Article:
My Favorite Writerly youTubers
Awesome Writerly Bloggers
Camp NaNoWriMo is here!!!!! If you have no idea what that is, head on over to campnanowrimo.org to learn more! If you’re looking for some last minute advice before you start your journey, stick around!
- Make sure that your Camp NaNoWriMo goal is actually achievable! If you set a goal that you’ll never reach due to your schedule in April, you’ll probably give up half way through and end up regretting it later. However, if you set a goal that pushes you a bit but makes sense with your schedule, you might surprise yourself and exceed it! Also, you can now choose to set your goal in pages or hours instead of just words, so there’s really nothing stopping you from setting your goal however you want! My goal is currently 150 hours of editing for my Shaman Novel. That seems pretty small when you do the math and convert it to days, but I know that the last two months of school are going to be a whirlwind of semester projects, therefore I made sure to set my goal according to what I thought I could accomplish. I should definitely be able to hit that, and I can always raise it if I realize I’m going to blow it out of the water.
- Organize your outline! Trust me… It is NOT fun to sit down on April 1st and go, “I have no idea where anything is in this Scrivener project!” Even if you don’t use complicated Scrivener templates to organize your projects, make sure that you know the location of all of the information that is necessary for you to write your story!
- Decide how you plan to back up your project. You really do NOT want to loose any of your precious writing due to a technological failure or a lost notebook! Personally, I dump all of my Scrivener projects into a Scrivener folder in Dropbox, which backs up everything to the cloud and syncs everything to the Scrivener IOS app. Also, don’t just trust the cloud to keep everything safe for you! Put those precious writing files on a flash drive, an SD card, an external hard drive… whatever you’ve got!
- Schedule stuff around your chosen writing time. You need to plan your writing time just like you’d plan anything else because if you don’t, it might not happen! You should either pick a time each day and dedicate it specifically for writing, or pick a day or two out of each week and write like the wind on those days!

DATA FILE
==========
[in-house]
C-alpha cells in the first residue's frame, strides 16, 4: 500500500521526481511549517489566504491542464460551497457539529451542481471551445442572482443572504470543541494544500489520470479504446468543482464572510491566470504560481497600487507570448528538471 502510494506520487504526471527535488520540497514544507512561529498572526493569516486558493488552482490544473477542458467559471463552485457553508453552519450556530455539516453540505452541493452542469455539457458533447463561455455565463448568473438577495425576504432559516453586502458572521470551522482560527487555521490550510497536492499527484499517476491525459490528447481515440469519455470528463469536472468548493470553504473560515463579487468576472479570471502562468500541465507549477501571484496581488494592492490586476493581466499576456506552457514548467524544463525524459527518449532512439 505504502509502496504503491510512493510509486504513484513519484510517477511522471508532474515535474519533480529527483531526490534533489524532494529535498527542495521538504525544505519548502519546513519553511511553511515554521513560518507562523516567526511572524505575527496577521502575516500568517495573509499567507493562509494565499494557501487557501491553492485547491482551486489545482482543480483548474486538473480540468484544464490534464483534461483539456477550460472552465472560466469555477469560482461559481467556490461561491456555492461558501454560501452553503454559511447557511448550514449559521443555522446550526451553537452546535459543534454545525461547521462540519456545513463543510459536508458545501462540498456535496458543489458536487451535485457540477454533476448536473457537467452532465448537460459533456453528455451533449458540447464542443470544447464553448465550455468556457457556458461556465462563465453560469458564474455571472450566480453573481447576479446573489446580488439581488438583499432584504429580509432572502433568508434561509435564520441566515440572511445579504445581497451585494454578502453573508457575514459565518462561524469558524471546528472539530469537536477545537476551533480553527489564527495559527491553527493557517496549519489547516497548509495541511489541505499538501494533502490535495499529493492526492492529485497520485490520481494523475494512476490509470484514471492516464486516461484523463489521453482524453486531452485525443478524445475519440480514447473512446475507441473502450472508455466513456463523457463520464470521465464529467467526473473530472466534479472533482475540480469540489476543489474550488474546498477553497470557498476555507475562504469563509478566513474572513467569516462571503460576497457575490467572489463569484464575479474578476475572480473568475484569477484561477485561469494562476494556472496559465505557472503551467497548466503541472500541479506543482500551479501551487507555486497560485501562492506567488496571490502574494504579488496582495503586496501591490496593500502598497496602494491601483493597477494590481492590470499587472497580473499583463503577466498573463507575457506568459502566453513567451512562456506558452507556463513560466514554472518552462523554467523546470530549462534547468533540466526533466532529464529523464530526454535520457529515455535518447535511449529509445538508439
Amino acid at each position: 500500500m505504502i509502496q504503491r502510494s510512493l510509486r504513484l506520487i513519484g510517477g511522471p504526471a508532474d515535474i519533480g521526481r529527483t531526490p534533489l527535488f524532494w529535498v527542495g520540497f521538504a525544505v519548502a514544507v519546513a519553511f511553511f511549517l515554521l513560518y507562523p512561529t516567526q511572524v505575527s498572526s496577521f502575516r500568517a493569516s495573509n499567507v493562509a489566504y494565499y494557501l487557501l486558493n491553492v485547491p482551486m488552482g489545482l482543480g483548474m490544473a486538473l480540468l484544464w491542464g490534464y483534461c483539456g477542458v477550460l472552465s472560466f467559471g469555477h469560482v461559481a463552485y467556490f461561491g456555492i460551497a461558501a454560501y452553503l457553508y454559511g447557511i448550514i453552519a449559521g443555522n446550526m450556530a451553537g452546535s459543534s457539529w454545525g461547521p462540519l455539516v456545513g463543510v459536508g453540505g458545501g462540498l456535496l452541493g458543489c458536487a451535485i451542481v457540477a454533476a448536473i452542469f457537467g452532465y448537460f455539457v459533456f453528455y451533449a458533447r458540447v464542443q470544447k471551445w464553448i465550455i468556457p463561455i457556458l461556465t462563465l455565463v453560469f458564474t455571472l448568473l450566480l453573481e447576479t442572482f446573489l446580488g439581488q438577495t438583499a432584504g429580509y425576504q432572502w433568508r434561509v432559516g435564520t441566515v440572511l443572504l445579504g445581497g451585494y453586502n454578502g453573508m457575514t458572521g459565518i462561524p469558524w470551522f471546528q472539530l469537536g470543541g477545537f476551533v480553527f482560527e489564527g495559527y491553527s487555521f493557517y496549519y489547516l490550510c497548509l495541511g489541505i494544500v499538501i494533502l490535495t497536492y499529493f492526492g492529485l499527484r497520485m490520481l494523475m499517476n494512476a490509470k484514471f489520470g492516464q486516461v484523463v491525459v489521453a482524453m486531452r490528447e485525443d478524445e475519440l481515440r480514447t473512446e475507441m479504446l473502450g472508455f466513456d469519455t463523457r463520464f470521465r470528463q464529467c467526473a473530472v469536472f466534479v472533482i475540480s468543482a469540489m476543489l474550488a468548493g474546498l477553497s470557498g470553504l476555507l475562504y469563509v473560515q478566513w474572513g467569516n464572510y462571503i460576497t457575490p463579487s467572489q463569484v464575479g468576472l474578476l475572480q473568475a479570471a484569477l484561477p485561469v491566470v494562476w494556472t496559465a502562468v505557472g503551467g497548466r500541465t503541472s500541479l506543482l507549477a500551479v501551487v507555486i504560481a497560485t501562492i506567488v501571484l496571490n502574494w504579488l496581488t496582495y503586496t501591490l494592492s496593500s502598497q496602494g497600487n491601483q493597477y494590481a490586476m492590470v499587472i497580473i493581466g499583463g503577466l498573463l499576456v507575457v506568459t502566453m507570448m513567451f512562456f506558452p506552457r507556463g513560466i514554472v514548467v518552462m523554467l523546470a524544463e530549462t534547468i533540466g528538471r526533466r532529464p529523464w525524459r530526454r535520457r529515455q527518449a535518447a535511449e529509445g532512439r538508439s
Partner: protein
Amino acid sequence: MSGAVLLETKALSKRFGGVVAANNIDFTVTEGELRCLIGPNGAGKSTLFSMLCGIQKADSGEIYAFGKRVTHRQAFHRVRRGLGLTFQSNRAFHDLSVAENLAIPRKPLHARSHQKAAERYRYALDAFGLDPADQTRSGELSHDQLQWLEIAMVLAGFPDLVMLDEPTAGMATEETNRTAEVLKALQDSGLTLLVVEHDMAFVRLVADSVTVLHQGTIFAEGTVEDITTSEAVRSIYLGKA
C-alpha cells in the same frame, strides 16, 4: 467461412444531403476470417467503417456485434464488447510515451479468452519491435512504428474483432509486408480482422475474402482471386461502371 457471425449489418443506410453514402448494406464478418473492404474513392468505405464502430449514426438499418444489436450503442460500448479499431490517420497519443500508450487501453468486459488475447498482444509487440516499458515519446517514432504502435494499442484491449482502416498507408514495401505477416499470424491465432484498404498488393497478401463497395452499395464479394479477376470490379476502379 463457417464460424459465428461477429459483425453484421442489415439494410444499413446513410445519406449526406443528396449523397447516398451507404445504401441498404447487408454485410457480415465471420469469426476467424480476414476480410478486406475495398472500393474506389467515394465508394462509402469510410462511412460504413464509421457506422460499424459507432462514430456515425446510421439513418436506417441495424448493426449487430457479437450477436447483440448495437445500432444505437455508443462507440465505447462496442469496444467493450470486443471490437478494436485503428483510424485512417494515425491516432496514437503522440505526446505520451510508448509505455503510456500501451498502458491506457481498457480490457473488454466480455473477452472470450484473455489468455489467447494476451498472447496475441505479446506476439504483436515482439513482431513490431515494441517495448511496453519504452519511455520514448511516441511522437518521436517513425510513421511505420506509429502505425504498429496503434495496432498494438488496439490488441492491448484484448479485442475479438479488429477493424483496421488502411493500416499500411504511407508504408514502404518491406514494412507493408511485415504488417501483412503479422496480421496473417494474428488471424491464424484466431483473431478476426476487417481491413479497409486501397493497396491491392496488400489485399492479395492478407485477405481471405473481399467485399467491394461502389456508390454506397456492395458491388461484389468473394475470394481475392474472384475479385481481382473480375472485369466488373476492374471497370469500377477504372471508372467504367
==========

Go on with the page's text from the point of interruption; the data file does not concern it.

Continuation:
- Be active on Twitter and in your Camp NaNo cabins! Some of you are probably going, “Being active on Twitter is NOT conducive to a good writing session!” But it is if you follow the right people! Go to the @NaNoWordSprints page! Do NOT scroll through your timeline! Do NOT check your notifications! You WILL get writing done because lots of other people will be on that page writing with you!
Hello, writerly people! I have not blogged in quite a while because… school/life happened. But today I bring you a Writing Up Wednesday Post!
Writing Up Wednesday is a weekly writing meme created by Lizzy @ The Bent Bookworm! This week’s topic is “Word Count Woes!”
If you’re a serious writer, you probably know that word counts are pretty important. Sometimes the word count of your manuscript can make or brake a publishing opportunity! Because of this some writers obsess over the suggested word count guidelines and stick to them religiously, and some writers tend to ignore it entirely. Personally, I am somewhat in the middle.
I like to make sure I stay kind of in the range of the suggested word count for my genre, but I do not let that number define every single move I make. I do set word count goals before I ever start writing, but I don’t force myself to stick to them. Now… The process I use to determine my prewriting word goal gets kinda nerdy, so be prepared!
I like to loosely mold my writing projects around the four act structure, so I try to pick a word count goal that is sort of close to the suggested range for my genre and is also easily divisible by four! Doing this makes it super easy to figure out how long each chunk of the four act structure needs to be, which gives me a few big milestones to hit!
To give you an example, the prewriting word goal for my “Shaman Novel” was 100000 words. That meant that every 25000 words, I needed to start transitioning to the next act. That being said, I exceeded that goal, and that’s totally fine because the story just wasn’t over at 100000 words! The current word count is 142397 words, but that is still subject to change! I am revising this novel for Camp NaNoWriMo, so I’m sure I’ll add some scenes and chop out some others! I expect the final count to round out somewhere around 150000 words, but that number isn’t set in stone either. My end goal is to tell a good story that feels complete, and I’m not going to let a number of words interfere with that as long as it isn’t completely unreasonable for the genre.